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Generalized Window Method

Reiterating and expanding on points made in §4.6.3, often we need a filter with a frequency response that is not analytically known. An example is a graphic equalizer in which a user may manipulate sliders in a graphical user interface to control the gain in each of several frequency bands. From the foregoing, the following procedure, based in spirit on the window method (§4.5), can yield good results:

  1. Synthesize the desired frequency response as the smoothest possible interpolation of the desired frequency-response points. For example, in a graphic equalizer, cubic splines [285] could be used to connect the desired band gains.5.12

  2. If the desired frequency response is real (as in simple band gains), either plan for a zero-phase filter in the end, or synthesize a desired phase, such as linear phase or minimum phase (see §4.8 below).

  3. Perform the inverse Fourier transform of the (sampled) desired frequency response to obtain the desired impulse response.

  4. Plot an overlay of the desired impulse response and the window to be applied, ensuring that the great majority of the signal energy in the desired impulse response lies under the window to be used.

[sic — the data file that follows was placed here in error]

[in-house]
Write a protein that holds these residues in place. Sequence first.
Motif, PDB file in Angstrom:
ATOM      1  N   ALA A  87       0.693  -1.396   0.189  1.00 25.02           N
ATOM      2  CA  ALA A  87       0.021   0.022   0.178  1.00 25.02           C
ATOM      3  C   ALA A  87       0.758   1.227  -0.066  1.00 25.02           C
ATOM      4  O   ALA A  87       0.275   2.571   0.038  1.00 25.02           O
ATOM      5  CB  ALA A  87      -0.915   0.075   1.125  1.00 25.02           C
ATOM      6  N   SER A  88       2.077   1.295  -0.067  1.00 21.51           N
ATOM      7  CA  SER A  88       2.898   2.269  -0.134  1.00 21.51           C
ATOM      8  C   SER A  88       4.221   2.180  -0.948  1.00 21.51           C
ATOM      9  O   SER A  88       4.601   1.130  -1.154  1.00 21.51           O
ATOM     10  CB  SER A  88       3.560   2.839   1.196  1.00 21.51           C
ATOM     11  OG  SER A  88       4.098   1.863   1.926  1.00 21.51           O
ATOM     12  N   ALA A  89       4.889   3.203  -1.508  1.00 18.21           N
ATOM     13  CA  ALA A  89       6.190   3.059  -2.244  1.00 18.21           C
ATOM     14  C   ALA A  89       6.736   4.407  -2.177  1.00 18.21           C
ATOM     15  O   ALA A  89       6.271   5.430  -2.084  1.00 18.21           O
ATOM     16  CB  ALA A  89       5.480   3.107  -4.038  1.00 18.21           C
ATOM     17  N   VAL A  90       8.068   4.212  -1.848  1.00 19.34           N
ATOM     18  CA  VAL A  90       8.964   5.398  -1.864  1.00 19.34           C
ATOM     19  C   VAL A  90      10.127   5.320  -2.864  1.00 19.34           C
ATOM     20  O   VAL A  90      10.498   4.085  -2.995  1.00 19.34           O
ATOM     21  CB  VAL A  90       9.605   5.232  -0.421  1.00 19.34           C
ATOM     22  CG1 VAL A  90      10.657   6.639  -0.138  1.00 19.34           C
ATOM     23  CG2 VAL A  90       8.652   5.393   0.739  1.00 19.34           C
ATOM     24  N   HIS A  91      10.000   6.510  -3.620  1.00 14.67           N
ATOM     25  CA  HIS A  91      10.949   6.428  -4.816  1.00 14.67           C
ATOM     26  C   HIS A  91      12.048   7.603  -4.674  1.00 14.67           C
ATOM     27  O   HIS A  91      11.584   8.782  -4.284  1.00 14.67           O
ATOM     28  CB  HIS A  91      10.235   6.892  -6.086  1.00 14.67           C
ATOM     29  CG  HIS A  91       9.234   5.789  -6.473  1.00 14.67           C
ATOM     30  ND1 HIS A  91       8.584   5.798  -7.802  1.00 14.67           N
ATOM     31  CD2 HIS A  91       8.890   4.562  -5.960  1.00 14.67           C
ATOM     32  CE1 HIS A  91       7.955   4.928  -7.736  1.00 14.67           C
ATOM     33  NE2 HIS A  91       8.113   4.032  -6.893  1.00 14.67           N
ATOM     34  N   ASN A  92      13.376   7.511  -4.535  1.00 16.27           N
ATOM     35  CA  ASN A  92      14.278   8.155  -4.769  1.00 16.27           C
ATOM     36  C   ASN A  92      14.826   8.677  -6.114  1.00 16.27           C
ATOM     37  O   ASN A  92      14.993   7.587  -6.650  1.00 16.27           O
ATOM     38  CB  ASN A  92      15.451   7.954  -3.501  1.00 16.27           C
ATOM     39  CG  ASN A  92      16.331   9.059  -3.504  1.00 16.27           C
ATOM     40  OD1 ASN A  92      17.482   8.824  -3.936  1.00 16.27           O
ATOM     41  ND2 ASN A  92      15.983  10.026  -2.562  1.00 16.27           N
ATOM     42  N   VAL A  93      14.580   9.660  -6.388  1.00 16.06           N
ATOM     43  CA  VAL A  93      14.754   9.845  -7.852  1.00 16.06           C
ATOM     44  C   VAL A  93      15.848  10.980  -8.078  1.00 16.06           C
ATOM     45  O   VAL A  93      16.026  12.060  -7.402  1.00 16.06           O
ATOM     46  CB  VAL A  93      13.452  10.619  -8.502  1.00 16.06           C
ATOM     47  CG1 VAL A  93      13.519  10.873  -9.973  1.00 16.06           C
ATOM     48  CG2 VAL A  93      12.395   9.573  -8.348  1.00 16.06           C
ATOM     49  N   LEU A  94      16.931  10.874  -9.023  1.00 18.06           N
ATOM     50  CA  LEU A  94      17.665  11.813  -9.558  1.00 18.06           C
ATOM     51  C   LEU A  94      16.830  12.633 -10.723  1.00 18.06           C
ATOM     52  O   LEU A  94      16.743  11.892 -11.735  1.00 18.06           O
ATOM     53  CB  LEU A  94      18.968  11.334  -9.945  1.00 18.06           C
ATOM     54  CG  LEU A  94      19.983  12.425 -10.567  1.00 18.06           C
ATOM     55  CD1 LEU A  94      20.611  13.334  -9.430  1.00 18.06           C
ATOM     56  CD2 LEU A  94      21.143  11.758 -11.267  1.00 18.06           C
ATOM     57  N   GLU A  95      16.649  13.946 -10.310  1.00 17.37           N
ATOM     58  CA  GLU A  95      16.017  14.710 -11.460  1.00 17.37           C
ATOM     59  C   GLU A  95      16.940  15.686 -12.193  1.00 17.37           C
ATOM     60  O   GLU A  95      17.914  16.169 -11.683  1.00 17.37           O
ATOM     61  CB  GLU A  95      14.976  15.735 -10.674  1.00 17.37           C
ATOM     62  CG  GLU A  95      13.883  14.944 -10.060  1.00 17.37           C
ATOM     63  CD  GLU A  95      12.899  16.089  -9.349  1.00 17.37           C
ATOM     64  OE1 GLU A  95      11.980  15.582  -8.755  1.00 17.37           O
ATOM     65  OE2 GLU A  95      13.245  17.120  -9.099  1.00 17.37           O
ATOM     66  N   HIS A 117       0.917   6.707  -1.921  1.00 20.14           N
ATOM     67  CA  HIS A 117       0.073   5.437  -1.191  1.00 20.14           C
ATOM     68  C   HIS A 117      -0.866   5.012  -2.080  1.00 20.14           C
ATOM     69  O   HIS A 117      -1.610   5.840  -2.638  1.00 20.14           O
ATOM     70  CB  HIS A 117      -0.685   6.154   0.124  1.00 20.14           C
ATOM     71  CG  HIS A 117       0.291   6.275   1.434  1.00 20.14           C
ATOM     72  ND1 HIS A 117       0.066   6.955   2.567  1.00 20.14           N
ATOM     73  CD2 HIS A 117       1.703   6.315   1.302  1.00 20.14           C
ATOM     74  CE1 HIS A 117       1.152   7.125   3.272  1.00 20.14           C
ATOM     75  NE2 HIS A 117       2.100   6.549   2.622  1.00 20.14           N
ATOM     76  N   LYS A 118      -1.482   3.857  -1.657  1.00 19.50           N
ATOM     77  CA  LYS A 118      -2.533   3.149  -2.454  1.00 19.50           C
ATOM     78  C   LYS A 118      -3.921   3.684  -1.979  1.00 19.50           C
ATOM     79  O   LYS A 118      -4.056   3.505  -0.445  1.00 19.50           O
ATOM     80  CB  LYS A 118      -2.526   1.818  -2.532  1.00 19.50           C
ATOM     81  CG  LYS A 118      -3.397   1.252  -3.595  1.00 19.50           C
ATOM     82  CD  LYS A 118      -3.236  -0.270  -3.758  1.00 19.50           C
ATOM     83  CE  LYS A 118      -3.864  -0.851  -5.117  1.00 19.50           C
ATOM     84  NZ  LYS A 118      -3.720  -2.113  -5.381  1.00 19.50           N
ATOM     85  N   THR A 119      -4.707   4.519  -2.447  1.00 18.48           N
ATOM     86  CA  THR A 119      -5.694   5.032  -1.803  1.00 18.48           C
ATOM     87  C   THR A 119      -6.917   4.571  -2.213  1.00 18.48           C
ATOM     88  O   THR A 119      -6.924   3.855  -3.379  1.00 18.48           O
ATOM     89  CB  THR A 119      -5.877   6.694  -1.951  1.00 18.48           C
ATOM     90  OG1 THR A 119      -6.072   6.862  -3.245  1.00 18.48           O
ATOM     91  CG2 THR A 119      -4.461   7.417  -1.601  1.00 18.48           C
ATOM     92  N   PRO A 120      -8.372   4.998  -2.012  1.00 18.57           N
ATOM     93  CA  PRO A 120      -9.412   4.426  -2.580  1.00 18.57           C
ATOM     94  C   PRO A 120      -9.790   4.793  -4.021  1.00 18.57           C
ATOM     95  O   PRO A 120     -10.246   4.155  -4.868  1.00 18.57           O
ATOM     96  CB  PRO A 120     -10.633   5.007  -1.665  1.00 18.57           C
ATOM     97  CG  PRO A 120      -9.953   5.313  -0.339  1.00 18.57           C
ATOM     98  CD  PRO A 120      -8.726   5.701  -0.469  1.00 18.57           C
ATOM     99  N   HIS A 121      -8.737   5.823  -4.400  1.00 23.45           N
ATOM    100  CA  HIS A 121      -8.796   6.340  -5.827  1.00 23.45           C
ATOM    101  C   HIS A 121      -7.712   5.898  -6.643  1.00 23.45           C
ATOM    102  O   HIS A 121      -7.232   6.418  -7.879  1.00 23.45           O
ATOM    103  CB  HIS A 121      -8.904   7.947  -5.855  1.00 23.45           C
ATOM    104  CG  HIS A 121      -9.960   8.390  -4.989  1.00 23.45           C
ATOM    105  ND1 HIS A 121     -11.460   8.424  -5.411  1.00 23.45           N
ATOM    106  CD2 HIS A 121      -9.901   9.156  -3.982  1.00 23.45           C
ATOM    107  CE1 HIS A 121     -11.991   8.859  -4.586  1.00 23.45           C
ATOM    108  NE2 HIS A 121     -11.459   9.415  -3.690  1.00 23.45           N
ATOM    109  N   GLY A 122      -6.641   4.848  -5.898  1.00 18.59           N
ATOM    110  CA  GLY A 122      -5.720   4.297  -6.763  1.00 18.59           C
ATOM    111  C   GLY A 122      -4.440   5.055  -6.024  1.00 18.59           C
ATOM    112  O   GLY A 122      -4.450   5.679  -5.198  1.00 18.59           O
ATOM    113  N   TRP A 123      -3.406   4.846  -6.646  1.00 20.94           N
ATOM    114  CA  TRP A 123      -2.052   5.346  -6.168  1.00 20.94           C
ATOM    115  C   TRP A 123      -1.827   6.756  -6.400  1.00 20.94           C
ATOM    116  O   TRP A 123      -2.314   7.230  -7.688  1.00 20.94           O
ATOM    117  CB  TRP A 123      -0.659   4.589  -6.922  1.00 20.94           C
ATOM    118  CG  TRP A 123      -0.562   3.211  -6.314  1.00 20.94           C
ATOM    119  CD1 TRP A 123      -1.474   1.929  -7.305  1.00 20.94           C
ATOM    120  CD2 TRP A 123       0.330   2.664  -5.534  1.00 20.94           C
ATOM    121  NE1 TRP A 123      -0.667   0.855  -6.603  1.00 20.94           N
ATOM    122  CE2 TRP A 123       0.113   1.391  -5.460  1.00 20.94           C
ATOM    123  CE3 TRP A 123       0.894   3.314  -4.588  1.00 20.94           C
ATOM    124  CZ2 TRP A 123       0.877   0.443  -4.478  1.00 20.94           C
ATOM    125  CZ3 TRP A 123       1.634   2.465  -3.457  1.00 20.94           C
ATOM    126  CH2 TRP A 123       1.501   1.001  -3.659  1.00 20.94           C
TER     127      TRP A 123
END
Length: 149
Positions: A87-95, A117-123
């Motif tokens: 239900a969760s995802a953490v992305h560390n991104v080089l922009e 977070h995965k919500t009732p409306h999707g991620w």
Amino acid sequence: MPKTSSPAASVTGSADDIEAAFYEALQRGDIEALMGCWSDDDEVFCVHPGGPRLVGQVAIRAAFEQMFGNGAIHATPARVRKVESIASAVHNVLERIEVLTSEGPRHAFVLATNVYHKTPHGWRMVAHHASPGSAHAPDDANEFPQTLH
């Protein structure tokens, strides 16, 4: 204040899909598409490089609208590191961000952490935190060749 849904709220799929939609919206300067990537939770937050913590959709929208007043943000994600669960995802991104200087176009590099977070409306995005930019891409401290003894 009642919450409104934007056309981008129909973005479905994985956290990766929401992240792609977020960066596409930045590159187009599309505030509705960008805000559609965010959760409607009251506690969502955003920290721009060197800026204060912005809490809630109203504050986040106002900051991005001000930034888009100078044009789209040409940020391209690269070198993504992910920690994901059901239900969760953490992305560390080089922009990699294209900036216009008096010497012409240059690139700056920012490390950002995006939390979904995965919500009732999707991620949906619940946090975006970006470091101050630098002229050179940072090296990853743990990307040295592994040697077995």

5. Multiply by the window.

  6. Take an FFT (now with zero padding introduced by the window).

  7. Plot an overlay of the original desired response and the response retained after time-domain windowing, and verify that the specifications are within an acceptable range.
In summary, FIR filters can be designed nonparametrically, directly in the frequency domain, followed by a final smoothing (windowing in the time domain) which guarantees that the FIR length will be precisely limited. As we'll discuss in Chapter 8, it is necessary to precisely limit the FIR filter length to avoid time-aliasing in an FFT-convolution implementation.


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``Spectral Audio Signal Processing'', by Julius O. Smith III, W3K Publishing, 2011, ISBN 978-0-9745607-3-1.
Copyright © 2014-03-23 by Julius O. Smith III
Center for Computer Research in Music and Acoustics (CCRMA),   Stanford University
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